The Arkansas IDeA Network of Biomedical Research Excellence (Arkansas INBRE) is funded by a grant from the
National Institute of General Medical Sciences under the
Development Award (IDeA) Program of the
National Institutes of Health (NIH). The IDeA program was established for the purpose of broadening the geographic distribution of NIH funding for biomedical and behavioral research. Currently
NIGMS supports INBRE programs in 23 states and Puerto Rico.
The Arkansas INBRE builds on the successful Arkansas Biomedical Research Infrastructure Network (BRIN) program that was established in 2001 under a grant from
the NIH. The Arkansas BRIN established a statewide network that links Arkansas institutions of higher education to establish a statewide infrastructure in support of a growing effort to build a biomedical research capacity in Arkansas.
2013 Summer Mentored Research Fellowship Program
are now accepting applications for the 2013 Summer Mentored Research
Summer Program Announcement
Information for Students
Information for Faculty
Due March 18, 2013
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Excellence in Undergraduate Research and Mentoring in the Biological Sciences
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UAMS, NIH Effort Yields Homegrown Researchers
Jan. 24, 2012 | Lindsey Dayer still recalls the thrill of
injecting cells with a needle during a 2003 summer research
fellowship at the University of Arkansas for Medical Sciences
Christina Barnes Cooley, Ph.D., a 2002 & 2003 INBRE Summer Fellow from Hendrix College, graduated in May 2011 from Stanford University with a doctorate in chemistry. In October 2011 she began a Post Doctoral Fellowship in Dr. Jeff Kelly’s laboratory at The Scripps Research institute in La Jolla California. She is doing a chemical and molecular biology project on developing arm-selective reporters of unfolded protein response activation.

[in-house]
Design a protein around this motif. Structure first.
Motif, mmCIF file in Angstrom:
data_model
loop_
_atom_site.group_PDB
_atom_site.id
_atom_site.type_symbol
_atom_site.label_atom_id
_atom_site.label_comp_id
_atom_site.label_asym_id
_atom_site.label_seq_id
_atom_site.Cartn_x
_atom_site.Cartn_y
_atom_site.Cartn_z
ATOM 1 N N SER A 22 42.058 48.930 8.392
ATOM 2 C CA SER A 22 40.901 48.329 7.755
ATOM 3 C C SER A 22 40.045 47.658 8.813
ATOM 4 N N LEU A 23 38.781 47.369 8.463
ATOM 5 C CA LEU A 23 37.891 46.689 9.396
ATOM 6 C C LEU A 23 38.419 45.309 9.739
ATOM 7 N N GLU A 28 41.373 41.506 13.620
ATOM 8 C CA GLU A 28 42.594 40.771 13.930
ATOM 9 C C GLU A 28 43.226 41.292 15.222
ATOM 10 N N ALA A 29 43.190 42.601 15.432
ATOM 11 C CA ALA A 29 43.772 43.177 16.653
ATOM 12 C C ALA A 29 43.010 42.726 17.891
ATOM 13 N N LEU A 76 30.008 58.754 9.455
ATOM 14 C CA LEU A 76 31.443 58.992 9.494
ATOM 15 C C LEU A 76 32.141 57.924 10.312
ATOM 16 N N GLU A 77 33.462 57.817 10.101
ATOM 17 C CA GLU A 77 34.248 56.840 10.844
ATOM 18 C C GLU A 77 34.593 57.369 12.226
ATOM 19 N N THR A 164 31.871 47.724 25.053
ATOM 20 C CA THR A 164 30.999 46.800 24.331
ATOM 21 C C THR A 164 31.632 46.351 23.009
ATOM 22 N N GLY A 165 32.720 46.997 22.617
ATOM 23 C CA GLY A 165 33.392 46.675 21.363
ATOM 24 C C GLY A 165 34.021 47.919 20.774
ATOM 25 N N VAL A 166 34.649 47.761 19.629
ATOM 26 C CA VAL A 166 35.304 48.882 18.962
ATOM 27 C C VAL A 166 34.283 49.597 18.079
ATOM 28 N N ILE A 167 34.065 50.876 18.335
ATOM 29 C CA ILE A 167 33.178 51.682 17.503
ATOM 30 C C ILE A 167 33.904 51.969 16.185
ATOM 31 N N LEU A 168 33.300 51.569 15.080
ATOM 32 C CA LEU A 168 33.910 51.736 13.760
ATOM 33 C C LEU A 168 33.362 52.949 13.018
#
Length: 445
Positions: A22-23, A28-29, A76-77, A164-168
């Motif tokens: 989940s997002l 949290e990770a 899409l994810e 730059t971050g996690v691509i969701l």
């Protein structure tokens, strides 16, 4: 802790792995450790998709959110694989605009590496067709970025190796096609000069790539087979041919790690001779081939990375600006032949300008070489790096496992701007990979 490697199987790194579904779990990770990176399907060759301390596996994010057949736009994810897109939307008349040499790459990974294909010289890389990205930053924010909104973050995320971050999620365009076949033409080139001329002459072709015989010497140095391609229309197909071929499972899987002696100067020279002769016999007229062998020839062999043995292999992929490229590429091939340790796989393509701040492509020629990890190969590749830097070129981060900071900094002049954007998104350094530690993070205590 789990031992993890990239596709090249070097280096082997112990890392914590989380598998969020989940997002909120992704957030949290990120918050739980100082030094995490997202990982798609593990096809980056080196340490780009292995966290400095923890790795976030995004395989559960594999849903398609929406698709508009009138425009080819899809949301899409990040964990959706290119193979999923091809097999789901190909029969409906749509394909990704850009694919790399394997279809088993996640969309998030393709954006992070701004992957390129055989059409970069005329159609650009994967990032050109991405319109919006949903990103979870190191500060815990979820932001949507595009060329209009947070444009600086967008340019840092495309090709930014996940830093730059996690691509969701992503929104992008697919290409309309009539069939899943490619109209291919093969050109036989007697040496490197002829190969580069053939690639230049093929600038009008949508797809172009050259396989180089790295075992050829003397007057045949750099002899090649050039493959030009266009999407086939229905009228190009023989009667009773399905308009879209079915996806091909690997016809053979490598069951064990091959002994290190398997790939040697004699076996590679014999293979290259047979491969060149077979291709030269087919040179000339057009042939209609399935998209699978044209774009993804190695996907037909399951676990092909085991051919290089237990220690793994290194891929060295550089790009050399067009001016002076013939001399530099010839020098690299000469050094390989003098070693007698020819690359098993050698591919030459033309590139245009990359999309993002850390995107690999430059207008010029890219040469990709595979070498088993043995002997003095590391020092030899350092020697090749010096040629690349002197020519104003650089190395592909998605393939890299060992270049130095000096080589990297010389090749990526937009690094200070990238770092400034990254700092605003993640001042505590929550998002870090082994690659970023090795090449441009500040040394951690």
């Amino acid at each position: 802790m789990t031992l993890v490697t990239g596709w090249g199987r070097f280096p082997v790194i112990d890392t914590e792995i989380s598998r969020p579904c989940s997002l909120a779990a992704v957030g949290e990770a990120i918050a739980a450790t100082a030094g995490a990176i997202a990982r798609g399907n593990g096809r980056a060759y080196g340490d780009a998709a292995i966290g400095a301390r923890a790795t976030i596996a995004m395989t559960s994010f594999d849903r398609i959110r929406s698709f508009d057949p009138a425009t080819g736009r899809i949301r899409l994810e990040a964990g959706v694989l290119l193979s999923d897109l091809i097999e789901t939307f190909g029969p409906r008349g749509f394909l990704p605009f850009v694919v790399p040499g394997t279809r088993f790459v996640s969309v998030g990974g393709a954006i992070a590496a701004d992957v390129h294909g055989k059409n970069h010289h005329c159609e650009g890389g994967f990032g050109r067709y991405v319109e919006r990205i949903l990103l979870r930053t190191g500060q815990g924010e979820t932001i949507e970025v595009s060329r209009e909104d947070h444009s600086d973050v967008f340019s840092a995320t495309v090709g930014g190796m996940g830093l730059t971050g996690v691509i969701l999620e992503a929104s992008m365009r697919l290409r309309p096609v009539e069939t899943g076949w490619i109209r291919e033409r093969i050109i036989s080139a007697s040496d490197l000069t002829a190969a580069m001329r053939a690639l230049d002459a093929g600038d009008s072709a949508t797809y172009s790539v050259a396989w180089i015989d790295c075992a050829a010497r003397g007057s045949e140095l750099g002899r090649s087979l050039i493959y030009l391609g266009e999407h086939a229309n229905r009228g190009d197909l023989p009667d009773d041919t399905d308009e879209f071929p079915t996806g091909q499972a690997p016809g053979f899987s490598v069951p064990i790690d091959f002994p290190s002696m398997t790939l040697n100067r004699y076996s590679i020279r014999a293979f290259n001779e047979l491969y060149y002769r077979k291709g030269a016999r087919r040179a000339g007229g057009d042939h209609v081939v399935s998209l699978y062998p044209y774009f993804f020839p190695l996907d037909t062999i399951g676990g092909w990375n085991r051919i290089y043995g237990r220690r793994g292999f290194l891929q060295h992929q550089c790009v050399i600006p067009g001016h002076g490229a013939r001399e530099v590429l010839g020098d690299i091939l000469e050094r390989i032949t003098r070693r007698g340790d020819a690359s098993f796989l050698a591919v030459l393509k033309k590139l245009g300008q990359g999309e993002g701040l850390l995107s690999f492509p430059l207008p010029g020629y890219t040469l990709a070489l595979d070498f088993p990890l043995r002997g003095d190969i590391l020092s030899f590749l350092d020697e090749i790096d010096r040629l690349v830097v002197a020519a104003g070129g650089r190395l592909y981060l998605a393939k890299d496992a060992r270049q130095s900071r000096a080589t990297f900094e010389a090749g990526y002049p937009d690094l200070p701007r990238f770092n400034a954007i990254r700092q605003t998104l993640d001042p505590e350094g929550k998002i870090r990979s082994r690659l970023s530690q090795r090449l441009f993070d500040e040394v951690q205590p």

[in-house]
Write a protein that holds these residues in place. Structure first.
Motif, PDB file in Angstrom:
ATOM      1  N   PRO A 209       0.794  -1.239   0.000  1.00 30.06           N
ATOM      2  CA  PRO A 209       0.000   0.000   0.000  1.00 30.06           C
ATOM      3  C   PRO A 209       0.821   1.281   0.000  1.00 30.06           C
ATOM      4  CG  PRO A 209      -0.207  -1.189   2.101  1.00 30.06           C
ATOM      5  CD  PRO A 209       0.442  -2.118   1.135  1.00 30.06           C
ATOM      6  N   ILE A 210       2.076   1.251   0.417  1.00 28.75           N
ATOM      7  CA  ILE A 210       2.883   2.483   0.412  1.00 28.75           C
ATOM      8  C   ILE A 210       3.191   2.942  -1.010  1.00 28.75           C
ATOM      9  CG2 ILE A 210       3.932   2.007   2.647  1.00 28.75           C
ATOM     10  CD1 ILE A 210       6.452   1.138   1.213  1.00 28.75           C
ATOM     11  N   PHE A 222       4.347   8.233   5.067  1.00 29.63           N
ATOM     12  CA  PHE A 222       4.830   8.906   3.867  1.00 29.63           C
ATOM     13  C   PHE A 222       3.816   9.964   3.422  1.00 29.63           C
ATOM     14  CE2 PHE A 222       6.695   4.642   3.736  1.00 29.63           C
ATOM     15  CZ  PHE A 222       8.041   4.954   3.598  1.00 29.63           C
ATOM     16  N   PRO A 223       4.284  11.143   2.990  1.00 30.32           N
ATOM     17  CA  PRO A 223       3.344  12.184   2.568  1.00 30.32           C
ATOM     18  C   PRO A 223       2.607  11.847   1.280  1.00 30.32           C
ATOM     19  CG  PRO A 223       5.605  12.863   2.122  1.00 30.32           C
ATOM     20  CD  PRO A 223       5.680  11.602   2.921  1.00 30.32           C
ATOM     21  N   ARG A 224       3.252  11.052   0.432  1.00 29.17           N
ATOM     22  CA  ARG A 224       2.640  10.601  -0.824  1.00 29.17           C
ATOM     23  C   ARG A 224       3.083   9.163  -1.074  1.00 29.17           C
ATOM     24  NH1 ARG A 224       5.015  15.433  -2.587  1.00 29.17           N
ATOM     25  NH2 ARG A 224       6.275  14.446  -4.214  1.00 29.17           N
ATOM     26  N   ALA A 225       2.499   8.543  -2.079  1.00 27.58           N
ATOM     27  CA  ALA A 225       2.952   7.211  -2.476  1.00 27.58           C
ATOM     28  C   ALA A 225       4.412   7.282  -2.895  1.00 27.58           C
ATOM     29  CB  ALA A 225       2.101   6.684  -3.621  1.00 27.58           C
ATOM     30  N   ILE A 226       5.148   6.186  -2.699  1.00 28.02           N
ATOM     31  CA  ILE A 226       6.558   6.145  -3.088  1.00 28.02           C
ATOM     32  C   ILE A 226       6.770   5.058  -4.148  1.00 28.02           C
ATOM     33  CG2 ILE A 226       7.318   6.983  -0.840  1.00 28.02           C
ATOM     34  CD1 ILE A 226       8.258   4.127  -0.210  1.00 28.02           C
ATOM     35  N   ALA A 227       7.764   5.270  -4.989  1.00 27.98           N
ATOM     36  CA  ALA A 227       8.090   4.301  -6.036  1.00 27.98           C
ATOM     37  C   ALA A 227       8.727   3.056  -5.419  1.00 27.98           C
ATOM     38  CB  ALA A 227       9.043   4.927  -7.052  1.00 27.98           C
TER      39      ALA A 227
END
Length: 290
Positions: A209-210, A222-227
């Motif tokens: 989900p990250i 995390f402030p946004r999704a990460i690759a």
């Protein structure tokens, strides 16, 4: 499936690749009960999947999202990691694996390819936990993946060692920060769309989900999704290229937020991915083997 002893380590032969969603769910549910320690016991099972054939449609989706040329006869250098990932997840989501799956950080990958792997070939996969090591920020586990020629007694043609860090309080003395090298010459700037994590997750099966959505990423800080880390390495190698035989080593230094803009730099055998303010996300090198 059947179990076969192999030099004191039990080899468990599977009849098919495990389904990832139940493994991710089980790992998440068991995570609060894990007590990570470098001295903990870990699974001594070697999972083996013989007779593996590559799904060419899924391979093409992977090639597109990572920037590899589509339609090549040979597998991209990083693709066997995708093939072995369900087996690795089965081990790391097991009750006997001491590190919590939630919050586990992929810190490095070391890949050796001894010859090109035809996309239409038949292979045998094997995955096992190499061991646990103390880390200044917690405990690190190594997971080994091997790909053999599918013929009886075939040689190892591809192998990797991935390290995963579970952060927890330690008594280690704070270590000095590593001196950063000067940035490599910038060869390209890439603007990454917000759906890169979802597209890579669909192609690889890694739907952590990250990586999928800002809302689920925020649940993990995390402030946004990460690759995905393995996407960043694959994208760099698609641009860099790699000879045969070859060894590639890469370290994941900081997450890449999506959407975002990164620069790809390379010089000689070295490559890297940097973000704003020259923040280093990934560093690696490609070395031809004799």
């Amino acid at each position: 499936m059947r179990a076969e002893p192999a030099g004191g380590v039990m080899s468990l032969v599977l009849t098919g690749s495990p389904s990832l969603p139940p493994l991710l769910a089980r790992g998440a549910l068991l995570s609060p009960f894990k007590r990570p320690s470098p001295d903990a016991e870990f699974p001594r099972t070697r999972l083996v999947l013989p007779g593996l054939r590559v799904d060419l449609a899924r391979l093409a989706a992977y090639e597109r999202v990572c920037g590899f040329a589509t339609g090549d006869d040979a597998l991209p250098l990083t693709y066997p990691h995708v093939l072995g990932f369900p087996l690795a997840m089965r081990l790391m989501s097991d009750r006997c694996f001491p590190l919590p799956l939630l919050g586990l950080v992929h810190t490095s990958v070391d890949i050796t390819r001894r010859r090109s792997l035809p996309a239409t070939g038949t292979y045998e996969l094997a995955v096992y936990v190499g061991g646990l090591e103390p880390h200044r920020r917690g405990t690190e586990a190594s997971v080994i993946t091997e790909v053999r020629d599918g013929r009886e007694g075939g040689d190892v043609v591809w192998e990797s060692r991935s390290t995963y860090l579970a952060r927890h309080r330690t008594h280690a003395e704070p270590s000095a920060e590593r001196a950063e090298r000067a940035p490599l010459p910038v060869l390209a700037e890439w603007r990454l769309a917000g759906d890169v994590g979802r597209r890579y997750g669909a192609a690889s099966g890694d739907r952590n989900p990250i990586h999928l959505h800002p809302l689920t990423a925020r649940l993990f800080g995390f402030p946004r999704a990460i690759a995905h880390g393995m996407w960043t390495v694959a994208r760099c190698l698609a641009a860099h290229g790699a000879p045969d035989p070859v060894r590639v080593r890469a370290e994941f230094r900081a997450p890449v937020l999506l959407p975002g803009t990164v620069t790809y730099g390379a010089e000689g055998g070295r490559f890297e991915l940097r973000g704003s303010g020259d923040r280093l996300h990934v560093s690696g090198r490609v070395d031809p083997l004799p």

Mike Lindquist, Ph.D., a 2003 INBRE Summer Fellow from Hendrix College, graduated in May 2010 from Vanderbilt University with a doctorate in microbiology and immunology. Recently he began a National Research Council fellowship that is sponsored by the D.O.D at the United States Army Institute for Infectious Diseases (USAMRIID). His project involves determining host-pathogen interactions for a number of hemorrhagic fever causing bunyaviruses.
Robyn Poerschke, Ph.D., 2004 INBRE Summer Fellow from Hendrix College, graduated in May 2011 from University of Utah, Salt Lake City with a doctorate in Pharmacology and Toxicology. In October 2011 she began a Post Doctoral Fellowship in Dr. Chris Franklin's laboratory in the Department of Pharmaceutical Sciences at The University of Colorado in Denver.